When we think of missionary work, we usually think of us going out, seeking for those who are ripe and eagerly ready to accept the message of the restoration, but that's not necessarily true in all cases. God needs laborers who are willing to go out into the field and do the plowing. He needs laborers who are willing to plant the seeds. He needs laborers who are willing to pull out the weeds and keep the destructive pests, diseases, and animals away. He needs laborers who are willing to nourish the souls of men in order to help them to ripen, as well as laborers who are willing to do the harvesting.
By 1829 God had already done a lot of this work Himself as evidenced by how quickly so many people in just a small part of the world easily left their old religious beliefs and were willing to be baptized into the Church of Jesus Christ of Latter-day Saints. But the work continues and as the membership of the Church expands, so does the work of preaching the gospel expands to more and more people in more and more places.
Too often we get discouraged because we can't find people who want to talk about the gospel, or we don't know what to say to convince them to convert. Many times we are afraid that people will shun us or will be offended by us talking to them about our religious beliefs so we remain silent. At the same time, we see others who can walk up to strangers and boldly say, "What do you know about the Mormon faith, and would you like to know more?" and feel guilty because we don't have that kind of courageous and aggressive attitude.
But, just like with plants, missionary work involves far more than just converting souls to Christ through the use speaking the word of God. There is a saying, "Preach the gospel always and when necessary, use words." There are many ways to preach the gospel that don't involve speaking.
We have often heard the saying, "Your actions speak so loudly that I can't hear a word you're saying," or "A good example is the best sermon you'll ever preach." There are many stories told of people who converted to the LDS faith because of the example of a friend, a co-worker, or an acquaintance, and there are other stories told of people who refuse to join the LDS Church because of the bad example of a Mormon they once knew. There are those of other faiths who go to church on Sunday to profess their faith in Christ and then live the rest of the week like they don't know Christ. But a true Latter-day Saint behaves like a true believer in Christ everyday of the week, in every place they go, and towards everyone they meet. And that's because we are trying to become like Jesus by following in His ways. We're trying to love as He did in all that we do and say. We're trying to love our neighbor, we're learning to serve our friends. We try to remember the lessons He taught. And when we do, the Holy Spirit enters our thoughts saying, Love one another as Jesus loves you. Try to show kindness in all that you do. Be gentle and loving in deed and in thought for these are the things Jesus taught." ("Trying To Be Like Jesus" LDS Children's songbook, #78 )
Elder Jeffery R. Holland has said, "Asking every member to be a missionary is not nearly as crucial as asking every member to be a member! Thank you for living the gospelů surely there is no more powerful missionary message we can send to this world than the example of a loving and happy Latter-day Saint life. The manner and bearing, the smile and kindness of a faithful member of the church brings a warmth and an outreach which no missionary tract or videotape can convey." (April General Conference 2001)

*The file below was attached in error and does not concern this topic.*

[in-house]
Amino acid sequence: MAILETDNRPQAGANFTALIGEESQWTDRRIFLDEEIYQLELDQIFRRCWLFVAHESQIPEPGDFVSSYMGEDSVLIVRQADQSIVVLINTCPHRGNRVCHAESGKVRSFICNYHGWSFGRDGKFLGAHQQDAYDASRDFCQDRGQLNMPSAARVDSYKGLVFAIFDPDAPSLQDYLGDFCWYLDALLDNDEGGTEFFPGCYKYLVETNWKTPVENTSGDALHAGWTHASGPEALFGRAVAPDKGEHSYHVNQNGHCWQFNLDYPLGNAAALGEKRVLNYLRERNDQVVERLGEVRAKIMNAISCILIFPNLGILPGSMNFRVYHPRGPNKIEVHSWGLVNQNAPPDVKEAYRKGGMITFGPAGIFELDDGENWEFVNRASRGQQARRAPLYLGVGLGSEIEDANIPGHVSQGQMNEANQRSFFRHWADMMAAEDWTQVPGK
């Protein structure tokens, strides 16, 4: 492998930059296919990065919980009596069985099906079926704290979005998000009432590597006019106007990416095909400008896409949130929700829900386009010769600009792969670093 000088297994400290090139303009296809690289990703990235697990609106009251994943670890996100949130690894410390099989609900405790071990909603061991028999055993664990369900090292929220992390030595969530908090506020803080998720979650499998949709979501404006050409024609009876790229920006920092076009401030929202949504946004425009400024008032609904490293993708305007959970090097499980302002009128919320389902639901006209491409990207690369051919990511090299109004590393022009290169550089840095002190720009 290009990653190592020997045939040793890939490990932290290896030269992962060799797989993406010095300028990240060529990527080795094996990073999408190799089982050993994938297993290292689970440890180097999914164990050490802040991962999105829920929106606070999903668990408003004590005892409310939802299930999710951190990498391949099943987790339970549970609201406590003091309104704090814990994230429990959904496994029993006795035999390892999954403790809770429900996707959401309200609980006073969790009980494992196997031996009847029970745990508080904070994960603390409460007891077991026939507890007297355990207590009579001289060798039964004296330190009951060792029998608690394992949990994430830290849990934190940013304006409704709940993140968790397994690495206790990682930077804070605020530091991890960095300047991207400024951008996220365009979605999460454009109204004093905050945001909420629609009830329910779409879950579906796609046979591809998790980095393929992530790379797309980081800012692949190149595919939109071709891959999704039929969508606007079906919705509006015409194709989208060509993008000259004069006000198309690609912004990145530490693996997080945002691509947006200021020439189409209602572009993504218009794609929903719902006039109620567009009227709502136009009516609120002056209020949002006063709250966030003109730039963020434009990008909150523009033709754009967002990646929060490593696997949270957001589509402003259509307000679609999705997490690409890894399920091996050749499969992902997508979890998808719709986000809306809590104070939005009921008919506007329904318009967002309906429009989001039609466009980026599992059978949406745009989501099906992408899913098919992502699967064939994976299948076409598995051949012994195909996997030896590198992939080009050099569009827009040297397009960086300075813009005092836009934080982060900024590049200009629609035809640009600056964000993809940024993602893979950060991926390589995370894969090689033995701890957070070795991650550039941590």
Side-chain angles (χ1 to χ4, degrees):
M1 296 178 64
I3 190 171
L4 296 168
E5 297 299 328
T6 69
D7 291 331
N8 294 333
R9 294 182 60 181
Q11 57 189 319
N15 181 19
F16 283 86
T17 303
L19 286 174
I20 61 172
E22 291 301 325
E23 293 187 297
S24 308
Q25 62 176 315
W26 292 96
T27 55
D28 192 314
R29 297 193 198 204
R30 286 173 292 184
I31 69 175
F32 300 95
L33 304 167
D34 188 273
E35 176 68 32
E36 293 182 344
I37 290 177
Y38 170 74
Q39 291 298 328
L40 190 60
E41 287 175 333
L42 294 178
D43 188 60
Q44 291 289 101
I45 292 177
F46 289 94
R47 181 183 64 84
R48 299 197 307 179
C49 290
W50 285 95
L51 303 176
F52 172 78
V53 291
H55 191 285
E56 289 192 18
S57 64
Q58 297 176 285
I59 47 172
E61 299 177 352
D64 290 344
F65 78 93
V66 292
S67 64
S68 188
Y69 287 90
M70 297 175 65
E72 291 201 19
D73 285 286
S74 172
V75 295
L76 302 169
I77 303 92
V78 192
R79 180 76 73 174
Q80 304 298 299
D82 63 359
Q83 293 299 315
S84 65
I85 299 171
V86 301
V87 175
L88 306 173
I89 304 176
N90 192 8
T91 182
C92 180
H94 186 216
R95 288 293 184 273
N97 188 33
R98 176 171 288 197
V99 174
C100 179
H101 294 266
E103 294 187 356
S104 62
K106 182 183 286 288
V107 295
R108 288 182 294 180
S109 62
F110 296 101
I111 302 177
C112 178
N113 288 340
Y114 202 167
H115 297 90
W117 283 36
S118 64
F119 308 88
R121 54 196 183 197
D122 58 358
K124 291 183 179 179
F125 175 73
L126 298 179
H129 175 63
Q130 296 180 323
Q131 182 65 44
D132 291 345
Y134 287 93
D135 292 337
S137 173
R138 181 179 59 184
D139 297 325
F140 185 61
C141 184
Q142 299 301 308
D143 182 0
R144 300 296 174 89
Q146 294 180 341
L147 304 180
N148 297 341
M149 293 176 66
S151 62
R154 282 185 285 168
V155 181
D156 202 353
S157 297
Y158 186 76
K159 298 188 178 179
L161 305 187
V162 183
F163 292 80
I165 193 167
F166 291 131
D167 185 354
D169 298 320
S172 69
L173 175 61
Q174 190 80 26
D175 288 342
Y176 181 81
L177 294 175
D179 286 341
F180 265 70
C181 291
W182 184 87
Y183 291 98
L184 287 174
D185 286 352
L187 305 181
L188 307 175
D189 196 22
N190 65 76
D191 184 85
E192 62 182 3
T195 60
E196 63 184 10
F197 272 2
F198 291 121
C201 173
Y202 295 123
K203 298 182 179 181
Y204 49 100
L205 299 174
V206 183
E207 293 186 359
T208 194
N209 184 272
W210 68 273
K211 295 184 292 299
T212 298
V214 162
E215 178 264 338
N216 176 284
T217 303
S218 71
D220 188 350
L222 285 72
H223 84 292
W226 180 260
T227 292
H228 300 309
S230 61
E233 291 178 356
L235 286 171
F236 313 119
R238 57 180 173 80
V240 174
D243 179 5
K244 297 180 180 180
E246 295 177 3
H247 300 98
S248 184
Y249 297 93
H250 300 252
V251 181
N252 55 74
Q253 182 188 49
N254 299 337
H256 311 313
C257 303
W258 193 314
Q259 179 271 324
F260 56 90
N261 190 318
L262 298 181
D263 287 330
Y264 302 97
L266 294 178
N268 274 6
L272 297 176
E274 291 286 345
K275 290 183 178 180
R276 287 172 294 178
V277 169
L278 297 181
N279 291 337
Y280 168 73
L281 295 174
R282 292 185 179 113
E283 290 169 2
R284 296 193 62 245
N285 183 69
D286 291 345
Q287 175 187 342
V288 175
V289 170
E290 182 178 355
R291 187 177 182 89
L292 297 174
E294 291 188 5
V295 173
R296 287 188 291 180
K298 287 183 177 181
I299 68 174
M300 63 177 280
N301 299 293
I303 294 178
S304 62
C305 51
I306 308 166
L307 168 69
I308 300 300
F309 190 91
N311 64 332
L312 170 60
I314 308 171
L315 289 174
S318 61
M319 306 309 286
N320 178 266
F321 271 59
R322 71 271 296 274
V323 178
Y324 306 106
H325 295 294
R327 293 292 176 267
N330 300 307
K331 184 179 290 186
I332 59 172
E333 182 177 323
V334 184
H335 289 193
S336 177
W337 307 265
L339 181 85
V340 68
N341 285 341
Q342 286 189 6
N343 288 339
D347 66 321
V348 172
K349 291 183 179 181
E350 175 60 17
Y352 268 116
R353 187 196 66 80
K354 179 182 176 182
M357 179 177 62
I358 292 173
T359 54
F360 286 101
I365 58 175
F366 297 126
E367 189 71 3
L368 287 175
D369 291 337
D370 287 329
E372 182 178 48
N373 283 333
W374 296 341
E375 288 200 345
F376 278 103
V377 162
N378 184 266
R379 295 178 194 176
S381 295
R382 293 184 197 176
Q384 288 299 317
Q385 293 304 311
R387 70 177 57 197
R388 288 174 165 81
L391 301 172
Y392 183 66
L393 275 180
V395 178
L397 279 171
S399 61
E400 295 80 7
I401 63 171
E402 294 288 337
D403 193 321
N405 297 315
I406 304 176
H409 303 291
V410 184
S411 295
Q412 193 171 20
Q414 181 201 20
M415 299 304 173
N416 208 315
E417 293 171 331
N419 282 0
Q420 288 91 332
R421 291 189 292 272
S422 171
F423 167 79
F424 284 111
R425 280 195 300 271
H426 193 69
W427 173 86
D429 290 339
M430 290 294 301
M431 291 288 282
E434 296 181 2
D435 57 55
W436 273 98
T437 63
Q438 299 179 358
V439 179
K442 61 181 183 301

Jesus put it more simply when He said, "Let your light so shine before men that they may see your good works and glorify God" (Matthew 5:16). Someone once said, "Lighthouses don't go wandering all over the coastline looking for boats. The just stand there shining for the boats to see them." In the same way, a lamp stays in one place but its light can be seen throughout the room. The reflected light from one stationary lamp in one room can also be seen in other rooms and around corners, even if it is fainter, and the same is true of the light of the gospel that shines through us.
The apostle Paul counseled Timothy, "Be thou an example of the believers, in word, in conversation, in charity, in spirit, in faith, in purity" (1 Timothy 4:12). Our example, in the words we use in normal everyday conversation, in the way we show kindness and concern for others, in the spirit we have about us, and in the way we live our faith, can help break the hard clumps of misinformation and false ideas spread by those who want to prevent people from accepting our message, thereby softening hearts so they are more inclined to hear what we have to say.
Our example can be the seed that is planted in the heart of someone who isn't interested in religion at the moment but who someday may be. Our example may be what causes someone to ask why we are different, or why we can handle the problems of life that they have trouble coping with.
Life can be hard and there are many things that can get us down, such as financial woes, problems with children, stresses at work, health issues, and many other things. These are like the weeds that rob us of our spiritual strength or destructive bugs or animals that eat away at our soul, robbing us of the fruits of a happy life. There are many stories told of faithful Latter-day Saints who have helped their non-Mormon friends cope with difficult challenges and it is because of this kind of loving service that has brought people into the Church as they have seen the compassion and caring exhibited by their LDS friends.
There are people in other faiths who have questions that their religious denominations don't have a satisfying answer to. There have been many stories told of people who converted to the LDS faith because we had answers to life's questions that they were seeking but couldn't find in their former denomination. When we are able to provide the answer to those kinds of questions, it's like providing water and nutrients to a starving soul.